/var/lib/SERVICE_NAME/  (Example: /var/lib/pgsql)
/var/spool/SERVICE_NAME/  (Example: /var/spool/postfix)
/var/www
/usr/local
/run
/var/run/
/tmp
/var/tmp
/root
/home

Correcting Home Directory Ownership

If user home directories were changed do to a recursive chmod or chown command, then they need to be fixed.  If the ownership has changed, we can make an assumption that each home directory and all of its contents should be owned by the corresponding user.  For example, “/home/jason” should be owned by the “jason” user and any files in “/home/jason” should be owned by the “jason” user, too. Here’s a quick script to make this happen:

cd /home
for U in *
do
chown -R ${U} ${U}
done

Be careful with the chown command because we don’t want to create another mess!

It could be the case that some files in a given home directory should not be owned by the user.  If you think this might be the case, your best course of action is to restore the home directories from backups.  Speaking of which…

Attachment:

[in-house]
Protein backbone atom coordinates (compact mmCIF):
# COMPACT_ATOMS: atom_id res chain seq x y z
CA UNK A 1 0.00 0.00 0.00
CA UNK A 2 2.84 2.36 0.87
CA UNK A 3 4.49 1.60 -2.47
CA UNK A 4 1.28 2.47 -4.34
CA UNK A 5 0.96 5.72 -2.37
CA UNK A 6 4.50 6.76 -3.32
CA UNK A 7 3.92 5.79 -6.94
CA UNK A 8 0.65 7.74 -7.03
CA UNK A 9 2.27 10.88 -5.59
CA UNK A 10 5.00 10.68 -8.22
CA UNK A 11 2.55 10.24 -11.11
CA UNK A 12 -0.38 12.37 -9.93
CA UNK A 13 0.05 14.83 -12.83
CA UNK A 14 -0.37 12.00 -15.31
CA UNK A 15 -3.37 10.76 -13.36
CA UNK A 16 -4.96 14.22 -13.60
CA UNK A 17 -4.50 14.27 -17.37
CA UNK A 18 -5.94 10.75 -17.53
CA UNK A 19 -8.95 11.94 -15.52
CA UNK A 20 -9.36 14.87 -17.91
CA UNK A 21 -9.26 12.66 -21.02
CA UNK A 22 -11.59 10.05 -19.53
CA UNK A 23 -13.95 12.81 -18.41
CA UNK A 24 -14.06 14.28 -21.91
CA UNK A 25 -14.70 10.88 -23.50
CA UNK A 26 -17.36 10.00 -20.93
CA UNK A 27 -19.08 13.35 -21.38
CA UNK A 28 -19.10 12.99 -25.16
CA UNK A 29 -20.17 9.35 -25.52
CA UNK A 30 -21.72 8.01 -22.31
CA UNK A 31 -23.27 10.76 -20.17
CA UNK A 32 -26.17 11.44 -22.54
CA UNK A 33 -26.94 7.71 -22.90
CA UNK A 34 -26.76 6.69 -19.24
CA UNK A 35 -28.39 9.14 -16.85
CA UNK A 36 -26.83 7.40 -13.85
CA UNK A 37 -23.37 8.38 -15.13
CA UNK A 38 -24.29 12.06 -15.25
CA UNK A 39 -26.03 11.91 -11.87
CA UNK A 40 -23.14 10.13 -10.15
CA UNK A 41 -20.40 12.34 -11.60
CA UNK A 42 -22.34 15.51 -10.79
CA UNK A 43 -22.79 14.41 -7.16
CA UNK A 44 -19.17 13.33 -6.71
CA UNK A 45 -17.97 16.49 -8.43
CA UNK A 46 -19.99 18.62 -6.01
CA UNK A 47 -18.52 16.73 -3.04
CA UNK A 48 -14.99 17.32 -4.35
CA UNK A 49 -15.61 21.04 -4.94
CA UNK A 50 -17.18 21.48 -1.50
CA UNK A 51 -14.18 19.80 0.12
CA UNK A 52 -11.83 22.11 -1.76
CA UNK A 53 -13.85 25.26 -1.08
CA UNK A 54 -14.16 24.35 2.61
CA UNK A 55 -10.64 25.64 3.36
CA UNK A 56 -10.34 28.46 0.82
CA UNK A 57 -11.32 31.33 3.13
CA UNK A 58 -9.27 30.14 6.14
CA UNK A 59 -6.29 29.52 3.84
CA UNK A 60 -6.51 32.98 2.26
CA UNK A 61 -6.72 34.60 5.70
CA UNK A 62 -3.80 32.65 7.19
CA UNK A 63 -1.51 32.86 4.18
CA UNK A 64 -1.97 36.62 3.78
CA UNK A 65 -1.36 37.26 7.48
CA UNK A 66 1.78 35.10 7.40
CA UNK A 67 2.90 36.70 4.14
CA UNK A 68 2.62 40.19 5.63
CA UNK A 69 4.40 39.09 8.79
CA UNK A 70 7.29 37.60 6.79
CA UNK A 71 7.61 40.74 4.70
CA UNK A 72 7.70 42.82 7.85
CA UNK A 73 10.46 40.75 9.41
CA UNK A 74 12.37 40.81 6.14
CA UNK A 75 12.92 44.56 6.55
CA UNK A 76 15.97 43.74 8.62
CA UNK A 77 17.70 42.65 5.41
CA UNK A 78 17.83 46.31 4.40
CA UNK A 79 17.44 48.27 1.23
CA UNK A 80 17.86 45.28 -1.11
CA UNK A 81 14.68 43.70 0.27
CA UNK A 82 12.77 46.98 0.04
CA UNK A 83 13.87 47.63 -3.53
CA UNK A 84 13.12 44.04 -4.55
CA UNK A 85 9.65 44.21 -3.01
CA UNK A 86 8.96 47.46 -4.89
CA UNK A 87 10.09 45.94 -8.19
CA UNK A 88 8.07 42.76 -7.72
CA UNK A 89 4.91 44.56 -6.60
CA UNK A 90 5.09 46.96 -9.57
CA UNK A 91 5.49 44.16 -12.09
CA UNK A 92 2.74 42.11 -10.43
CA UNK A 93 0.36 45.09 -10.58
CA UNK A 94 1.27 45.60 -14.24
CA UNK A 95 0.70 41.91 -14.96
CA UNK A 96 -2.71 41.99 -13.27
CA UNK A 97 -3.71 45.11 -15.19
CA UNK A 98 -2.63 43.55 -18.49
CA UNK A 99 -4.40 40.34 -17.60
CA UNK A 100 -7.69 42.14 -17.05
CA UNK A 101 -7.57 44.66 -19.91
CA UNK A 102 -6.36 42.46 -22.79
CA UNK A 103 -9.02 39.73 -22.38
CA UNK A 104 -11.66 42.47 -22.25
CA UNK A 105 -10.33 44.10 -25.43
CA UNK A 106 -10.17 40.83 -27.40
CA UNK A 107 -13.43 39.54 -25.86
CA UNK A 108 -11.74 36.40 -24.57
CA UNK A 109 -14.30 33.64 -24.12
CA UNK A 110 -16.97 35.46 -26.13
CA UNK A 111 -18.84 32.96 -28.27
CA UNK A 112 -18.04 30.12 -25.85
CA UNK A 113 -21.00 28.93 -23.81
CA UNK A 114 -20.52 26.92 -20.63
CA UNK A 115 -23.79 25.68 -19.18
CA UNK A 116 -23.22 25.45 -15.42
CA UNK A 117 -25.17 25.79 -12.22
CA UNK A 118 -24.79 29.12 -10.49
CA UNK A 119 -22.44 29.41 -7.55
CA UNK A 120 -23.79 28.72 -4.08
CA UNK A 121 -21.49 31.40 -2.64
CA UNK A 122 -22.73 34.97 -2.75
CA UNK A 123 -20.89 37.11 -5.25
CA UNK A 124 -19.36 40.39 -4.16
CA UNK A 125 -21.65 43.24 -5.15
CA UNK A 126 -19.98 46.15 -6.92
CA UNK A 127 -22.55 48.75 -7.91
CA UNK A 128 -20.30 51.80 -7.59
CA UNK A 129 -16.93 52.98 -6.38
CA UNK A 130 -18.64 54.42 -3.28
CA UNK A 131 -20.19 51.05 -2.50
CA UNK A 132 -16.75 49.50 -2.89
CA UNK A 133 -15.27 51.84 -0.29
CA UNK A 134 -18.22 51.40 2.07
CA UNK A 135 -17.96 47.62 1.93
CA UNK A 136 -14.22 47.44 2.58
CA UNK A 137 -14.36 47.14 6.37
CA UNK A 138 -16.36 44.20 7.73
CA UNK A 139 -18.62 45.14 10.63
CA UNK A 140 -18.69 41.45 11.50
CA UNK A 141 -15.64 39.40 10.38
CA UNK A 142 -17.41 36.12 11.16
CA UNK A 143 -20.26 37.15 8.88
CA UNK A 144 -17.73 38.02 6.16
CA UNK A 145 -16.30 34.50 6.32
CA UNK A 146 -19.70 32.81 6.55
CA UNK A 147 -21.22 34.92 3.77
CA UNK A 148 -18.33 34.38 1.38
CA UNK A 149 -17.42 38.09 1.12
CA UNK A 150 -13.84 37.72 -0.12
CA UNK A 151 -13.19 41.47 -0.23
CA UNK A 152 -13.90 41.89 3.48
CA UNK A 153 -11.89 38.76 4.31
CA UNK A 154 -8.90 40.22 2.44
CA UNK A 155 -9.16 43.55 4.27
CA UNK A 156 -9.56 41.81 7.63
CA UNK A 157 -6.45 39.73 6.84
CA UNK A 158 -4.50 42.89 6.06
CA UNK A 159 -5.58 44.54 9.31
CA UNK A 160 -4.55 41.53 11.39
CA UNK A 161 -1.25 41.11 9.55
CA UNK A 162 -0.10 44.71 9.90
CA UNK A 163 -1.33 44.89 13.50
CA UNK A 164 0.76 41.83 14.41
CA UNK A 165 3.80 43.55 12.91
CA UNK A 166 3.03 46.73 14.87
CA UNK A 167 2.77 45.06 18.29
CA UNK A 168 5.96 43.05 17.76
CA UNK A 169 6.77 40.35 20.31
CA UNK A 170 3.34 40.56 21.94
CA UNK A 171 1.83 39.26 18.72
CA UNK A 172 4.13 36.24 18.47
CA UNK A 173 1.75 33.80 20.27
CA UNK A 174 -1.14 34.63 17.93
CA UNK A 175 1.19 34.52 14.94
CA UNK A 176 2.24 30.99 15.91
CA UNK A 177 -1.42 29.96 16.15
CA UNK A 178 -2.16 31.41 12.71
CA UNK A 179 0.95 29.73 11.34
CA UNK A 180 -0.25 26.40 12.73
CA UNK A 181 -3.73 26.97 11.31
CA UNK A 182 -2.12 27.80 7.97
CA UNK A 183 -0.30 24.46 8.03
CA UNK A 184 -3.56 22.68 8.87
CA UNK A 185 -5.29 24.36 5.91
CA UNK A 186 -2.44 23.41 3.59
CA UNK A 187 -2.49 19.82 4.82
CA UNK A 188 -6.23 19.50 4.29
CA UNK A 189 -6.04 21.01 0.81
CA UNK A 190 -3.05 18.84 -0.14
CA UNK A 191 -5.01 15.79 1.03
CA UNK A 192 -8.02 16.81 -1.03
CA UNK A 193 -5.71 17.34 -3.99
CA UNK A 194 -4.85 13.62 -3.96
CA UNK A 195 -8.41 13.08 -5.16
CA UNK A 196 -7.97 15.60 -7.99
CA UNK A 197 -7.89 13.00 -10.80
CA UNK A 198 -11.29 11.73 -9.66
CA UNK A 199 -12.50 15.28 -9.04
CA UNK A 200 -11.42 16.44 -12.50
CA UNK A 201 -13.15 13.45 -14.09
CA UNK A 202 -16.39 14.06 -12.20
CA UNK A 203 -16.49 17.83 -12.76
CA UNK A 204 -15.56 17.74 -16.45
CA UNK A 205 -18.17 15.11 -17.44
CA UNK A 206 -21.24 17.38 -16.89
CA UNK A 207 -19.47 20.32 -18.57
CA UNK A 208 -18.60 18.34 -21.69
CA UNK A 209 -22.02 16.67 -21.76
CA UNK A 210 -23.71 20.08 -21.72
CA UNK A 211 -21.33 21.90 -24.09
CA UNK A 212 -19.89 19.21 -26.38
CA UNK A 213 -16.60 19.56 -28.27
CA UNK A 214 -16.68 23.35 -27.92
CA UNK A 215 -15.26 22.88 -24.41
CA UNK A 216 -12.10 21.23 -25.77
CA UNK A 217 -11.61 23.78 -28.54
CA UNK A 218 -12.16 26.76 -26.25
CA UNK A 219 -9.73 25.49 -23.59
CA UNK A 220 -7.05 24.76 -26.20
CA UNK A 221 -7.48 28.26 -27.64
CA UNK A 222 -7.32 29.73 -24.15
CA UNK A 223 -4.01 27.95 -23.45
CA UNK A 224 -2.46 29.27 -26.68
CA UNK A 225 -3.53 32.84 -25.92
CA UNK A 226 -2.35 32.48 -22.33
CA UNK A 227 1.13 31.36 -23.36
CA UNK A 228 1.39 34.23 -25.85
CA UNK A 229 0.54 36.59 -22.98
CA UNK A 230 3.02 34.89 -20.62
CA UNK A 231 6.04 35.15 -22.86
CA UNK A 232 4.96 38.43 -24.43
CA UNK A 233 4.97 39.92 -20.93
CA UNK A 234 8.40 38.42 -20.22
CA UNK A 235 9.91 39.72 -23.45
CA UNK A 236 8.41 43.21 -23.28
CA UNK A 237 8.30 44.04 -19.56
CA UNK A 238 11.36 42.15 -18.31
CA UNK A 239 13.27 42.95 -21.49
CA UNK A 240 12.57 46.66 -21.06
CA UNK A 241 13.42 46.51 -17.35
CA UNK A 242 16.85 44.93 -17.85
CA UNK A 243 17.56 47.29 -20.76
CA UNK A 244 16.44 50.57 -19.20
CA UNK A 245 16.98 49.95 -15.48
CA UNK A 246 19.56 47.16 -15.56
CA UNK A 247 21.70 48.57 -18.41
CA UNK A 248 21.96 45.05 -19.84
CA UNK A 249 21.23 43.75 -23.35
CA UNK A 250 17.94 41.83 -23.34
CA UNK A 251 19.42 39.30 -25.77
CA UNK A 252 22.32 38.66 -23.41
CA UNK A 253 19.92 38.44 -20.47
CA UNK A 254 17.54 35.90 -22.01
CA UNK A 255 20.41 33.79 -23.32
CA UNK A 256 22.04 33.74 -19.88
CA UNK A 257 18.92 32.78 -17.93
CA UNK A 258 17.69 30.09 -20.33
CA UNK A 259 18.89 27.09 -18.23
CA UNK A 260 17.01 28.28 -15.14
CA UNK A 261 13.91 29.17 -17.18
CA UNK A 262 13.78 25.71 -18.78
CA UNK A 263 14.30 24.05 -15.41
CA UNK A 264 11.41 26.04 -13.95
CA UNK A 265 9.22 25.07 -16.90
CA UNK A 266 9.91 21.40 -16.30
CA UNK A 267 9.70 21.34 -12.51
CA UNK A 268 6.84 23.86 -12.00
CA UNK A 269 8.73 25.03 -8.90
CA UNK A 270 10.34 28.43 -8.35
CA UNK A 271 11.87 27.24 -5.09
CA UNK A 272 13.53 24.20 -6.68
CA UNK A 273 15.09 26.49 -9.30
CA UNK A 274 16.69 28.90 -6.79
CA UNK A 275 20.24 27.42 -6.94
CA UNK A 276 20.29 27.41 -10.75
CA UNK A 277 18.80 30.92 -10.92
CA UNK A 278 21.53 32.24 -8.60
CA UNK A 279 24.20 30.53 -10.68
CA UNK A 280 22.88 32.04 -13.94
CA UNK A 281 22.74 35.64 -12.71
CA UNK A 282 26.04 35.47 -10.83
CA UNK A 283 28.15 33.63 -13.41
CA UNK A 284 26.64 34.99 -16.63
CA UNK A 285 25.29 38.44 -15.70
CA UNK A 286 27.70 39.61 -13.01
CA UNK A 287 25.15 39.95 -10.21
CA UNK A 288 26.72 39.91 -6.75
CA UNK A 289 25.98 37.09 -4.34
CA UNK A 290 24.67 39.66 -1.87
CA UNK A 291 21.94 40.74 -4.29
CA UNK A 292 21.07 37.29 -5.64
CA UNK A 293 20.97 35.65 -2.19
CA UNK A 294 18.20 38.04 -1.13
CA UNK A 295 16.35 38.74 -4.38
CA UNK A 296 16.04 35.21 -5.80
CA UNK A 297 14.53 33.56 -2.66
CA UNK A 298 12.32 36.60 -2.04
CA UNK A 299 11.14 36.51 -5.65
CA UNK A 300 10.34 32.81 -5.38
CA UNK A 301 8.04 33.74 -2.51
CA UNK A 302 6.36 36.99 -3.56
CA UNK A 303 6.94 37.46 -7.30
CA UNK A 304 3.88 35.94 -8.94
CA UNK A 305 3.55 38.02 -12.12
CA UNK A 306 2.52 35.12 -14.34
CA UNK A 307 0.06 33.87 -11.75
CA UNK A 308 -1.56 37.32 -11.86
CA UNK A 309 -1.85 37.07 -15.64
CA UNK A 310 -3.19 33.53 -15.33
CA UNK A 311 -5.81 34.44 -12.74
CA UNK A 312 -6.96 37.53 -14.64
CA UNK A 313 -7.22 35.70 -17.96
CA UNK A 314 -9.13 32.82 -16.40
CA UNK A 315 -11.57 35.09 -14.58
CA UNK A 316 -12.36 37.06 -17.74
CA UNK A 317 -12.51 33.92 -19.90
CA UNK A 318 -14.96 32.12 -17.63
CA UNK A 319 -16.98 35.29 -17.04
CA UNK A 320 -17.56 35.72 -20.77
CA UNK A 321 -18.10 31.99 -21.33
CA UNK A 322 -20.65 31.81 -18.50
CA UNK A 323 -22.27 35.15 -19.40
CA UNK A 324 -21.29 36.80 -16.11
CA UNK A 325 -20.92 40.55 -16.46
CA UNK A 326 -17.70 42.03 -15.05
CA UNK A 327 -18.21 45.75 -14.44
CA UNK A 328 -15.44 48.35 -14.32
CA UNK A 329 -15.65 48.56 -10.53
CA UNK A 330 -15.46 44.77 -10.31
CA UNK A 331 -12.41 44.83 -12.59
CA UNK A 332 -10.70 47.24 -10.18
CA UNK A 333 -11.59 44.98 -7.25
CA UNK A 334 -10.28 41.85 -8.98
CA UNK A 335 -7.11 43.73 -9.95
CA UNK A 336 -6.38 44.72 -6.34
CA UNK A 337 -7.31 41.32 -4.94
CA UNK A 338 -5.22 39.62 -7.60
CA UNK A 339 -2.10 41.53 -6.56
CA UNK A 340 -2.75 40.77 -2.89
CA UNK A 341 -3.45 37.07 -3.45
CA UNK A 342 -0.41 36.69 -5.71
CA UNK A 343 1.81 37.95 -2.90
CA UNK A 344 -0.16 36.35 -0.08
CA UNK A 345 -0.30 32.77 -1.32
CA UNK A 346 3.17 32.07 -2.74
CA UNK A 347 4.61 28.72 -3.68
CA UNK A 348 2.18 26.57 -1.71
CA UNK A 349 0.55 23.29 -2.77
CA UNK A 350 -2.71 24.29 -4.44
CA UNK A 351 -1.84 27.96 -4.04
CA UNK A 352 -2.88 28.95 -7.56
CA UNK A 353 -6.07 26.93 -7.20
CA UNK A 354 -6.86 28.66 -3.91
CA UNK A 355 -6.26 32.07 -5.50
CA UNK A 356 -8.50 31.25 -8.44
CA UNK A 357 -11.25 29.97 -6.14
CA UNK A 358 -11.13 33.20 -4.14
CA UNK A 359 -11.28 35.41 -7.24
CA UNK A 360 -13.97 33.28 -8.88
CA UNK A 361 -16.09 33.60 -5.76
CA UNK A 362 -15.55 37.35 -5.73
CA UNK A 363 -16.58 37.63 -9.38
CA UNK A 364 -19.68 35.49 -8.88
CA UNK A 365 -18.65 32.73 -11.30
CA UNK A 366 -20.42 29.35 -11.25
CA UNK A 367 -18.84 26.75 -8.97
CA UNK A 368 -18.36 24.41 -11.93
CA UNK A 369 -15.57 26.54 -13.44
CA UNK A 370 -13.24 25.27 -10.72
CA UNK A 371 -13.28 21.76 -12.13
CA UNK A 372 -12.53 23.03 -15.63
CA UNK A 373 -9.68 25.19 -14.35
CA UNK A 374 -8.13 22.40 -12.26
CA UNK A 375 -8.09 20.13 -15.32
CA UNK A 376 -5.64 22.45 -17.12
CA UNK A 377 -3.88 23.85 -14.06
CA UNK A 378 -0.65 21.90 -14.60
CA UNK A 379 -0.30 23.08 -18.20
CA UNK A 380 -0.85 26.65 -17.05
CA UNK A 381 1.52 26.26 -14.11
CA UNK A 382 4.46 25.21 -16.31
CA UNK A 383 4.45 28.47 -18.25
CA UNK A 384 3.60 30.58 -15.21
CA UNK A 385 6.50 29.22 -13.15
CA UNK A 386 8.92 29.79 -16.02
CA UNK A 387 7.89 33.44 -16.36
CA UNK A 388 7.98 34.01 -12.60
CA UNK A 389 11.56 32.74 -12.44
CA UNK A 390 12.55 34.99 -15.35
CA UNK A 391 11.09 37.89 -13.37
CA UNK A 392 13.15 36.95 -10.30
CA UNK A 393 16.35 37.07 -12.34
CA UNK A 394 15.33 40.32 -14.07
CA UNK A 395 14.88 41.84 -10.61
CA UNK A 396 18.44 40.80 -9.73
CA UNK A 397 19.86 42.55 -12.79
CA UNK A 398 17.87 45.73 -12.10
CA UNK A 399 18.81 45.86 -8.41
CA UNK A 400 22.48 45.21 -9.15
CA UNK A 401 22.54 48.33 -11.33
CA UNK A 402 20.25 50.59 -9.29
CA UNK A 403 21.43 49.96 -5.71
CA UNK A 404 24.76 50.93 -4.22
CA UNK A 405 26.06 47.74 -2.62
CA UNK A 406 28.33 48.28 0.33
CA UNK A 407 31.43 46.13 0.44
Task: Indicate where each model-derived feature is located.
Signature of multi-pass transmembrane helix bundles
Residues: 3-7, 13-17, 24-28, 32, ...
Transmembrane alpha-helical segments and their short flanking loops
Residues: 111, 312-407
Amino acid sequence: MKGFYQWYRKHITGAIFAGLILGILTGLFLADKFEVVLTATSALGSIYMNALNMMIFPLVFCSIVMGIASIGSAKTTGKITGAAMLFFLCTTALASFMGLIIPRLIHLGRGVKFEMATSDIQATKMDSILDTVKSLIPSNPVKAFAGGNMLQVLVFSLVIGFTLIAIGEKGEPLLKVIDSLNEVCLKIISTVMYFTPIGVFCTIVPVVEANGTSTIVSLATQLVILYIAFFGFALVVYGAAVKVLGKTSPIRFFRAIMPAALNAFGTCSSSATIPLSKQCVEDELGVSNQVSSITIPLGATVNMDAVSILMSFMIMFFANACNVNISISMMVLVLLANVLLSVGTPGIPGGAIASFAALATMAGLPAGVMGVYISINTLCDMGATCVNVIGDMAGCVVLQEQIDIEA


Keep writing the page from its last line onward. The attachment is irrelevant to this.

Why Not Just Restore from Backup?

If you have a good and recent backup, restoring that backup might be a great option.  If the server in question doesn’t actually store data, then it would be a perfect candidate for a restore as you won’t lose any data.

Performing a restore can give you the peace of mind that all the files on the system have the proper permissions and ownership.  After you’ve rigorously checked the services, the chances of any missed files causing operational issues is low. Nevertheless, there is a possibility of an issue arising at a later date.  A restore reduces this probability even further.

You could also use a hybrid approach where you run through the above process and selectively restore parts of the system.

The downside of performing a restore is that it can be slower that using the process outlined above.  It’s much quicker to change the permissions on a 1 TB file than it is to restore that file.

Of course, if you don’t have a backup that you can restore then you will have to follow a process like the one outlined above.

Marielle Price

Read 457 times Last modified on Thursday, 16 May 2019 21:57
Ilich Blanco

Entusiasta de la naturaleza y apasionado de la tecnología desde que puedo recordar, inversionista y fiel creyente de la tecnología blockchain y criptomonedas. Estoy seguro que los problemas de la sociedad y la humanidad en general no serán resueltos por economistas o sociólogos si no por la mente brillante de científicos.

https://www.linkedin.com/in/ilichblanco